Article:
Family Paridae (Vogors, 1825)
Paridae gen. et sp. indet.

Site and era: MN15:
Csarnóta 2 (Hungary)

Material: distal fragment of ulna

Dimension (in mm): F-2.00

From the Carpathian Basin, the family is earliest known from the Late Miocene of Polgárdi (MN13) as Aegithalos gaspariki Kessler, 2013; and from the Pliocene (MN15) from Csarnóta 2 as Aegithalos congruis Kessler, 2013; Parus robustus Kessler, 2013; and Parus parvulus Kessler, 2013; and from Beremend 26 as Parus medius Kessler, 2013 (Kessler 2020).
The family is known outside the Carpathian Basin only from the Late Pliocene of Bulgaria (Varshets, MN17) as Parus sp. (Boev 2000, Kessler 2020).

Family Sittidae (Bonaparte, 1831)
Sittidae gen. et sp. indet.

Site and era:
MN15: Csarnóta 2 (Hungary)

Material: damaged distal of humerus

Dimensions (in mm): A-ap.19.30, C-4.08, E-1.35

From the Carpathian Basin, the representative of the family is known only from the Late Miocene of Polgárdi (MN13), as Sitta gracilis Kessler, 2013; then from the Pliocene of Csarnóta 2 (MN15) as Sitta pusilla Kessler, 2013; and the modern species from several Pleistocene sites (Kessler 2020). The family is known outside the Carpathian Basin only from the Early Pliocene (MN16) of Poland (Rebielice Królowskie I.) as Sitta sp. (Jánossy 1974) and from the Late Pliocene of Bulgaria (Varshets, MN17) (Boev 1996, 2000, Kessler 2020), and the modern species as Sitta europaea from the Pleistocene.

Family Certhiidae (Vigors, 1825)
Certhiidae gen. et sp. indet.

Site and era:
MN15: Csarnóta 2 (Hungary)

Material: distal fragment of tarsometatarsus

Dimensions (in mm): E-1.00, F-1.70

On the distal epiphysis of the third finger trochlea (trochlea metatarsi III) of the snout is uniquely deep, which is unique to this genus. The genus and the family are known from the late Miocene in the Carpathian Basin, from
which Certhia janossyi Kessler et Hír, 2012 was described from Rudabánya (MN9), while Certhia immensa Kessler, 2012 was described from Pliocene of Csarnóta 2 (Kessler 2020). The modern species is reported from the Pleistocene in Europe.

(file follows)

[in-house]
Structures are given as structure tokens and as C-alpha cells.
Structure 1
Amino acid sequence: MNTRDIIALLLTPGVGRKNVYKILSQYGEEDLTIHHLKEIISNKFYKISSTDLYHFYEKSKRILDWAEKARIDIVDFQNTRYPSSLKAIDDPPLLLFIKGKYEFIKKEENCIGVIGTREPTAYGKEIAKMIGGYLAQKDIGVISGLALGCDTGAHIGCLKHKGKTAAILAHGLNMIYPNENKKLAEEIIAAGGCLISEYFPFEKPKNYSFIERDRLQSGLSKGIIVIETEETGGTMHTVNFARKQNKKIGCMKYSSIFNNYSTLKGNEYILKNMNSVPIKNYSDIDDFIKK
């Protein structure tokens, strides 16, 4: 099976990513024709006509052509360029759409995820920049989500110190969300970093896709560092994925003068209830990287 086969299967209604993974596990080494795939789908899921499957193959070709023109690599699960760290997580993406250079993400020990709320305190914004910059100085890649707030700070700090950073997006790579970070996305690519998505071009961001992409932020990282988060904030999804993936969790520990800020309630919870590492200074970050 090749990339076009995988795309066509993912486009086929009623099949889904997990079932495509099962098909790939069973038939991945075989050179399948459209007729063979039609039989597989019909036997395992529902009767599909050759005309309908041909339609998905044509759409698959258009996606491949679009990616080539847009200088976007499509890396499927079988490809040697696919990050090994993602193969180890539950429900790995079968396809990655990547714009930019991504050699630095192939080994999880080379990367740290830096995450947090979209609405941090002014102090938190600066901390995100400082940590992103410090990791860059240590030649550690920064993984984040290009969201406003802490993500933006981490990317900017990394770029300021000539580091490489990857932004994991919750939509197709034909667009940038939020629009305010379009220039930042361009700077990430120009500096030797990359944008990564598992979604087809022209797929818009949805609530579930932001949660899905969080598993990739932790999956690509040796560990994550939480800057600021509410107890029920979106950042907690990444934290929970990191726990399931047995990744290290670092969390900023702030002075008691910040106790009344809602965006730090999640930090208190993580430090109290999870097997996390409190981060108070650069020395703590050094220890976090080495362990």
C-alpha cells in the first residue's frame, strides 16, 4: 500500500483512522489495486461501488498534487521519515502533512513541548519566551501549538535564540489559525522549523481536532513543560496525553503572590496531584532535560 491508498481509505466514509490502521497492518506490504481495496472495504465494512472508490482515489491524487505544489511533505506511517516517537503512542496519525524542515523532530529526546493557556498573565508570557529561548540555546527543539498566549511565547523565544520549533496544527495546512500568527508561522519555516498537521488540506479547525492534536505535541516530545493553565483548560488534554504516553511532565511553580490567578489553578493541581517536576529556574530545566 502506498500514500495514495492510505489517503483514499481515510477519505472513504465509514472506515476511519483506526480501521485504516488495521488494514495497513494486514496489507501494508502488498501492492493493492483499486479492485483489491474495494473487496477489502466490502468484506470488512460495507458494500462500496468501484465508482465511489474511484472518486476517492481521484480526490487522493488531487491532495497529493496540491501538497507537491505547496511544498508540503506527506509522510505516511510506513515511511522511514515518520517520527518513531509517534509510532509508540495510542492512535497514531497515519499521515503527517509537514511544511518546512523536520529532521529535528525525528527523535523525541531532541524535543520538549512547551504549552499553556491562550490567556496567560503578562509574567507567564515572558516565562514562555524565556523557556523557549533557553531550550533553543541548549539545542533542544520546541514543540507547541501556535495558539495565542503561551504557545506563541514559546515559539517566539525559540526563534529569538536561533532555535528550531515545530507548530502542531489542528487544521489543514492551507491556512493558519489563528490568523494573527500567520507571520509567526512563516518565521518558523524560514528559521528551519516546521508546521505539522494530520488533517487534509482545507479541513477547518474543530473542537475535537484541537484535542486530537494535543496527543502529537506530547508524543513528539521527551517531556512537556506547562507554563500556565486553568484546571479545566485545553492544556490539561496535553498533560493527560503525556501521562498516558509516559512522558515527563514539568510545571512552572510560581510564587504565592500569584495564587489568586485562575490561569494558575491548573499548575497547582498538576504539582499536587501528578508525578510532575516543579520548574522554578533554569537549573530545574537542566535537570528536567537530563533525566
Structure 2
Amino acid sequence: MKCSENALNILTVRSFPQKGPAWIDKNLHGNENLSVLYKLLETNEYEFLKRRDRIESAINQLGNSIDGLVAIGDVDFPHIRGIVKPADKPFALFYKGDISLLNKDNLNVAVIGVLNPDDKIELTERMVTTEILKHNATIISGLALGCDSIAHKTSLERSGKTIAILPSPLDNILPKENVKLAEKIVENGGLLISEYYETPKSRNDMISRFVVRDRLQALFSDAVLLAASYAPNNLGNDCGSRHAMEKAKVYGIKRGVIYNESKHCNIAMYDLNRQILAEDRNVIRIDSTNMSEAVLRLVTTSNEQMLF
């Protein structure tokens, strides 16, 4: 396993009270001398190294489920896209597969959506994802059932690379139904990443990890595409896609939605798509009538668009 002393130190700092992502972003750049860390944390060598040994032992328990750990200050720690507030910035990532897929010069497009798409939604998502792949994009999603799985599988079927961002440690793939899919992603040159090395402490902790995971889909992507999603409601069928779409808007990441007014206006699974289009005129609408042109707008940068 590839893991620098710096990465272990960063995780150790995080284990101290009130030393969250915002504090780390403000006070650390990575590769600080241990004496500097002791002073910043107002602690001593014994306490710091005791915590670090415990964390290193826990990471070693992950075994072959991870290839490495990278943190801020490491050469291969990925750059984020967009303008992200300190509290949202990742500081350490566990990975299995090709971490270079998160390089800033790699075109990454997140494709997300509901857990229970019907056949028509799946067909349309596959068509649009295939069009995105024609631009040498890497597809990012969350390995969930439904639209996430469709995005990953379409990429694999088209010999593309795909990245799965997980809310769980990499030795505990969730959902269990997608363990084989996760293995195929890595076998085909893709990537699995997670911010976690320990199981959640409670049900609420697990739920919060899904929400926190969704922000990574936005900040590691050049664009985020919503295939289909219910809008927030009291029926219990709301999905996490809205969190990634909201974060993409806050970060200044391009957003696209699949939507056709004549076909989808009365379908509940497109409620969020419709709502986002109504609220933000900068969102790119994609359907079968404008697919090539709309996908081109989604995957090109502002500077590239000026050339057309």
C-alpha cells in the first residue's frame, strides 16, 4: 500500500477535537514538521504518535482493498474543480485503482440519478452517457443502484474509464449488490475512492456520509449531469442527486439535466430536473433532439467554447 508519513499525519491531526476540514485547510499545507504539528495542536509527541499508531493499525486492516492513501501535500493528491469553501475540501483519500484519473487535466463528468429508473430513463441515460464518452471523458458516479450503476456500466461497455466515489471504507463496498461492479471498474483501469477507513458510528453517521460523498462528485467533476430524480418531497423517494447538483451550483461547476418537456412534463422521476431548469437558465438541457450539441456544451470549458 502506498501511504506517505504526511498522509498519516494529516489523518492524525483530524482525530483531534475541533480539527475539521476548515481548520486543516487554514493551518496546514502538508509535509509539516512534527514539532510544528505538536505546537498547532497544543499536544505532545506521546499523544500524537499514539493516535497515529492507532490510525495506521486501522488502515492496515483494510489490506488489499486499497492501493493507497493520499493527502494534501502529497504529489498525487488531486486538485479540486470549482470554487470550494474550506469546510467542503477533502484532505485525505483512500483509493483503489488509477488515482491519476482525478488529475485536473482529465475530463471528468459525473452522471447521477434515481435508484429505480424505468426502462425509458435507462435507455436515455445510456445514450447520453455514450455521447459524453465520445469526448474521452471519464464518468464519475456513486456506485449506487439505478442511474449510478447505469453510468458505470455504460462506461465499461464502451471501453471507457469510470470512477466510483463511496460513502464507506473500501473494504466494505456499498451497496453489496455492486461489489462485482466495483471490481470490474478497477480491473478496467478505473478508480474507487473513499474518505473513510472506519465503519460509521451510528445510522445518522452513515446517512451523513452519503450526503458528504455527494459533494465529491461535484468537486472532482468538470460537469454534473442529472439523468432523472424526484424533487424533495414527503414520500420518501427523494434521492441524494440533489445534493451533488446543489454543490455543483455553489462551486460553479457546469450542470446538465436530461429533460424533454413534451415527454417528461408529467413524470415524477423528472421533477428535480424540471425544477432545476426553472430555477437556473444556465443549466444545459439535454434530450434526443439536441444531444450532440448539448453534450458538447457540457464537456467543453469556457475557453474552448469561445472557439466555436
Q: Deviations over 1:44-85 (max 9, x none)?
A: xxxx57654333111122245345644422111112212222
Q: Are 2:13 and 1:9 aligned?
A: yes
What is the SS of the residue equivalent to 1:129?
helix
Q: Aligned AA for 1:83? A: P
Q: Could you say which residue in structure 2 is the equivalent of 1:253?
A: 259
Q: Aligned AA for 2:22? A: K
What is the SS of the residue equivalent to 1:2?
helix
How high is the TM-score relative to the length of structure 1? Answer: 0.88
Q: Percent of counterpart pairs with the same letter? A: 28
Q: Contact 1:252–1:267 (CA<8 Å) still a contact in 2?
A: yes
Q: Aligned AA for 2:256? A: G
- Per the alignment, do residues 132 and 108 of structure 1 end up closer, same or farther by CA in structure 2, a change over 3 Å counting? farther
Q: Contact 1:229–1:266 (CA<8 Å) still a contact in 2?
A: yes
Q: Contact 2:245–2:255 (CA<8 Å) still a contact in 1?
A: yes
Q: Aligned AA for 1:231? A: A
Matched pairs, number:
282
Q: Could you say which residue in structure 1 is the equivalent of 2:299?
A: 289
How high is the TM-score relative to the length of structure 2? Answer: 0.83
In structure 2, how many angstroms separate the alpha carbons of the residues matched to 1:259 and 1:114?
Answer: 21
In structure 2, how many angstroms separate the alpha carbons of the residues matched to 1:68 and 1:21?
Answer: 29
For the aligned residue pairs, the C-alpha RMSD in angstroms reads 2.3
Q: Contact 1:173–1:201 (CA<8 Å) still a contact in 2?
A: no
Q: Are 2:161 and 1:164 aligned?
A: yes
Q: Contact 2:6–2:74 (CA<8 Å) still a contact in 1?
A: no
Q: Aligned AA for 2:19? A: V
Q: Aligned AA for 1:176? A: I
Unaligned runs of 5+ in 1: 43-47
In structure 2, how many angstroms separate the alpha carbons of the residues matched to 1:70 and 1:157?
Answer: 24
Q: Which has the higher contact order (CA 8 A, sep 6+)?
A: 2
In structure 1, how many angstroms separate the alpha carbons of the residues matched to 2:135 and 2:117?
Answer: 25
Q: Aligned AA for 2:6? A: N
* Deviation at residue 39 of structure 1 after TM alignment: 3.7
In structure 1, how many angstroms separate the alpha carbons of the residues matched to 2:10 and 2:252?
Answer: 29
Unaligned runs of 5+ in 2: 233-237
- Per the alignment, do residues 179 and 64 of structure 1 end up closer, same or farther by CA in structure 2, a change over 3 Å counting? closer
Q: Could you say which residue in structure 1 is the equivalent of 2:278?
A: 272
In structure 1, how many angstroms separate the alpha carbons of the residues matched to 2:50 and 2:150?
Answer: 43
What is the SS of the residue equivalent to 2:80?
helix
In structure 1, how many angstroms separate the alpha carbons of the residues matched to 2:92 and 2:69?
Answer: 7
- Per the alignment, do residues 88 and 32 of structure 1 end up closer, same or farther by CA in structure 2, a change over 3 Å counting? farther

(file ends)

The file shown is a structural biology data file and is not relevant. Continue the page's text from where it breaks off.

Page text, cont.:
Fred
 

Fred Ruhe

Well-known member
Netherlands
Family Muscicapidae (Vigors, 1825)
Muscicapidae gen. et sp. indet.

Site and era:
MN15: Csarnóta 2 (Hungary)

Material: proximal fragment of coracoideum, distal fragment of humerus, distal fragment of ulna, distal fragment of tarsometatarsus, 4 phalanx ungualis

Dimensions (in mm): coracoideum: C-2.40, D-2.00, E-0.80; humerus: E-1.30, F-3.80; ulna: F-3.21; tarsometatarsus: E-1.20, F-2.50; phalanx ungualis: A-4.25 and 5.28

Their earliest representatives are known from the Early Miocene from sites in the Carpathian Basin. Thus, the Luscinia praeluscinia Kessler et Hír, 2012 (Litke, MN5), Luscinia jurcsaki Kessler et Venczel, 2011 (Kőalja/Subpiatra, Romania, MN6), Muscicapa leganyii Kessler et Hír, 2012 (Felsőtárkány, Felnémet, MN7–8), Erithacus horusitskyi Kessler et Hír, 2012 (Mátraszőlős 1, MN7–8), then a Muscicapa miklosi Kessler, 2013; Luscinia denesi Kessler, 2013; Saxicola lambrechti Kessler, 2013; Oenanthe kormosi Kessler, 2013 (Polgárdi, MN13), Muscicapa petényii Kessler, 2013; Erithacus minor Kessler, 2013; Luscinia pliocaenica Kessler, 2013; Saxicola magna Kessler, 2013;
Monticola pongraczi Kessler, 2013; Phoenicurus baranensis Kessler, 2013 (Beremend 26, MN15); Saxicola baranensis Kessler, 2013; S. parva Kessler, 2013; Phoenicurus erikai Kessler, 2013; Oenanthe pongraczi Kessler, 2013 (Csarnóta 2, MN15) (Kessler, 2020).